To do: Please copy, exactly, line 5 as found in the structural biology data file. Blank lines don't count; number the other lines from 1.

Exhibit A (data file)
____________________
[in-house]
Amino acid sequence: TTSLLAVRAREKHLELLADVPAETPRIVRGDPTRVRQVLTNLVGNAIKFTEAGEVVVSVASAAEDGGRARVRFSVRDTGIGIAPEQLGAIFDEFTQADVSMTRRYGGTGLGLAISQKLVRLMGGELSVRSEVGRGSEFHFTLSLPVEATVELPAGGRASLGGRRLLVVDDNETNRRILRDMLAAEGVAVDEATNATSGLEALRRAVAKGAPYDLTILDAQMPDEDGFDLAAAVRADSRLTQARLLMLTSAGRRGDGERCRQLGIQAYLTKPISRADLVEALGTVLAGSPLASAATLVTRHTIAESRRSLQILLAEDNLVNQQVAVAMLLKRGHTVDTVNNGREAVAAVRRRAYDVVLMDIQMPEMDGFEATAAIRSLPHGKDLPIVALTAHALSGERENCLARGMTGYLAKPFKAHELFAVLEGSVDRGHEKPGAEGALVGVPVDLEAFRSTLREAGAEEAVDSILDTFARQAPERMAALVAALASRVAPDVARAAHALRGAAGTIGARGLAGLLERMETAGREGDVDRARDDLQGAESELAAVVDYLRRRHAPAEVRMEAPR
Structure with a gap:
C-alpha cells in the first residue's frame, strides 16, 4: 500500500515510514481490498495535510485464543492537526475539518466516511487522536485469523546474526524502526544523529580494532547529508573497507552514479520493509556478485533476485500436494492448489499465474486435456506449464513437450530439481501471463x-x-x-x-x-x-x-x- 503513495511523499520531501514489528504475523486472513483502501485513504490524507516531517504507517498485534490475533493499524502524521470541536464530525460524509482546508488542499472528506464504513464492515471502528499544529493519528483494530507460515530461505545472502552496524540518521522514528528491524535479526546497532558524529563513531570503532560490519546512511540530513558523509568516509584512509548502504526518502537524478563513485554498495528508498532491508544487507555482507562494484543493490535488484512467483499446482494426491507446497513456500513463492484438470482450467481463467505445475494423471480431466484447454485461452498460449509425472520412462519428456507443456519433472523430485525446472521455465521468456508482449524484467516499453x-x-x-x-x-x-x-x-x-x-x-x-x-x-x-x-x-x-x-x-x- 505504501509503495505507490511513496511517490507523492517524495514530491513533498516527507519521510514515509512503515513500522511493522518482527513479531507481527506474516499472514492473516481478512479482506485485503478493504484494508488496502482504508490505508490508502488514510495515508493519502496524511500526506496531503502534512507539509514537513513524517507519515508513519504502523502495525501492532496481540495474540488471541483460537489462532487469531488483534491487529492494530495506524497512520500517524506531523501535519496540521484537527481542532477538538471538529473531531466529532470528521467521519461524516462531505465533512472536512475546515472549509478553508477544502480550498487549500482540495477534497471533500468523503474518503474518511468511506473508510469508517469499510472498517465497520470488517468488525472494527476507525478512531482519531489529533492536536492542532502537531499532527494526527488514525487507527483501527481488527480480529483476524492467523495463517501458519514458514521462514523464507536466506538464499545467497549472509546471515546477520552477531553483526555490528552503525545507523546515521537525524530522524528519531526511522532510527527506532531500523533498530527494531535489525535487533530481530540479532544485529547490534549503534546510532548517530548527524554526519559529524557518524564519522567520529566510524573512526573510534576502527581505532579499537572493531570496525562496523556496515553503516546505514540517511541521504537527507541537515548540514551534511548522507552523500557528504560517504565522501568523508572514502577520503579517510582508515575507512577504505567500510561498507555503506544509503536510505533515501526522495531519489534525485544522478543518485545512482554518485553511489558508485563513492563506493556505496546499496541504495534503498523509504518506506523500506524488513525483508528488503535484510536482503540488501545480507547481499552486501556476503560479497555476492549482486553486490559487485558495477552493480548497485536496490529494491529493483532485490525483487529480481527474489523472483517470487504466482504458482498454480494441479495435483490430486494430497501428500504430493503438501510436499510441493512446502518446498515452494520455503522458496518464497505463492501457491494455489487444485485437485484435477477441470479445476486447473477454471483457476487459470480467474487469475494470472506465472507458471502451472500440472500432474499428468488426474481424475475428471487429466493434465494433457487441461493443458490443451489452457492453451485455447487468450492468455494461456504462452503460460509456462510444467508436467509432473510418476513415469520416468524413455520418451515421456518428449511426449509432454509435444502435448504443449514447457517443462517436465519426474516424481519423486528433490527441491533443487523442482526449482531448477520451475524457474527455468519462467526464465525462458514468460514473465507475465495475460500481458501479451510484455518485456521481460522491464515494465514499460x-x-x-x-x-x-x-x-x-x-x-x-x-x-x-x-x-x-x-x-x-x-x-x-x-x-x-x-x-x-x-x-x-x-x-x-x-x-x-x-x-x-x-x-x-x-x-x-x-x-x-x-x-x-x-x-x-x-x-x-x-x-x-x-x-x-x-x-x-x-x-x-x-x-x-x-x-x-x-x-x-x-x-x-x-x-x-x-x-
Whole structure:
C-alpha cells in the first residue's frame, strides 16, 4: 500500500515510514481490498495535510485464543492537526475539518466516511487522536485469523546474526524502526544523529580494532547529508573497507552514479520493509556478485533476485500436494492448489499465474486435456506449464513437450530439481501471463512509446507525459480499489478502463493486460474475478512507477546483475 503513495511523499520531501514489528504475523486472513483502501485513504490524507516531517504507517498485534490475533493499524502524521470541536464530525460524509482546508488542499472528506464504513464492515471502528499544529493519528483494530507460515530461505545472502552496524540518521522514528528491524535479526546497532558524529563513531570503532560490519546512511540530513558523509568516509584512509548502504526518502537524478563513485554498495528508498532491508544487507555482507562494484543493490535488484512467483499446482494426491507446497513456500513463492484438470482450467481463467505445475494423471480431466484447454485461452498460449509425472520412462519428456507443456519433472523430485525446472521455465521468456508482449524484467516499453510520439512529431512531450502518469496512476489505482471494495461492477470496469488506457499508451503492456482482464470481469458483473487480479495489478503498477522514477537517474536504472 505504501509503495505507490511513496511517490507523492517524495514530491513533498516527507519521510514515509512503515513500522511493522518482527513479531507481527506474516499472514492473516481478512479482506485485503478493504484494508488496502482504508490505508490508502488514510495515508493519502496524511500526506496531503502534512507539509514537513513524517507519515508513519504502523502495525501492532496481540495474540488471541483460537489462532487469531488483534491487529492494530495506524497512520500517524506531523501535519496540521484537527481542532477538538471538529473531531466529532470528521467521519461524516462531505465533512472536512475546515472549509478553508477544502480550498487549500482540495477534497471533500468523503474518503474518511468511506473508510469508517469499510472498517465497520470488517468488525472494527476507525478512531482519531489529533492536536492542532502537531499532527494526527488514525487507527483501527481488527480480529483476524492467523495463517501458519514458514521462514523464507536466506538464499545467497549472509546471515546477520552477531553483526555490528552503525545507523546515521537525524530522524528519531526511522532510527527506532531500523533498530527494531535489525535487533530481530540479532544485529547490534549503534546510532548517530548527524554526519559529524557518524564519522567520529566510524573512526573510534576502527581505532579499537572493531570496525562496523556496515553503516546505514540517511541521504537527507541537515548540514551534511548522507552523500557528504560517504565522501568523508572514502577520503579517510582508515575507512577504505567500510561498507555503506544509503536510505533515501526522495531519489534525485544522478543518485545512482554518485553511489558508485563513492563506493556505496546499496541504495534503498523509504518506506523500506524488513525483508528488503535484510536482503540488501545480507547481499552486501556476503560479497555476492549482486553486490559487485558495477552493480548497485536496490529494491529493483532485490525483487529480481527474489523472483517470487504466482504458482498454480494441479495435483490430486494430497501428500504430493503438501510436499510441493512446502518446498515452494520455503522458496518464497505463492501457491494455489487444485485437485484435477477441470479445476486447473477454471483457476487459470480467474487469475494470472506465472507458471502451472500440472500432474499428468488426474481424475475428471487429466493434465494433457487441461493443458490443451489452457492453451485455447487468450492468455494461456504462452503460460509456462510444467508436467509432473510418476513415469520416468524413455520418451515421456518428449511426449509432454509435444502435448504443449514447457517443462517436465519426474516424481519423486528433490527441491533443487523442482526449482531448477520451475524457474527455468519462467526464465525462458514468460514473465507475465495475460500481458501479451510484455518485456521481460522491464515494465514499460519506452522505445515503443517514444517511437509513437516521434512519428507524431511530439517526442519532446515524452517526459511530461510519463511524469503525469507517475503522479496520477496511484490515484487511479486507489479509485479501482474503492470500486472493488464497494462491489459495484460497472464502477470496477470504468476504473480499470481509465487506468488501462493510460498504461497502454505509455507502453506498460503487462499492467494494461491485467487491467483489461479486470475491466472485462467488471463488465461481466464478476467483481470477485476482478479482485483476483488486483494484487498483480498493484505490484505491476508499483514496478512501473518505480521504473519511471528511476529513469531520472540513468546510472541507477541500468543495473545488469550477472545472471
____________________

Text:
Whole structure: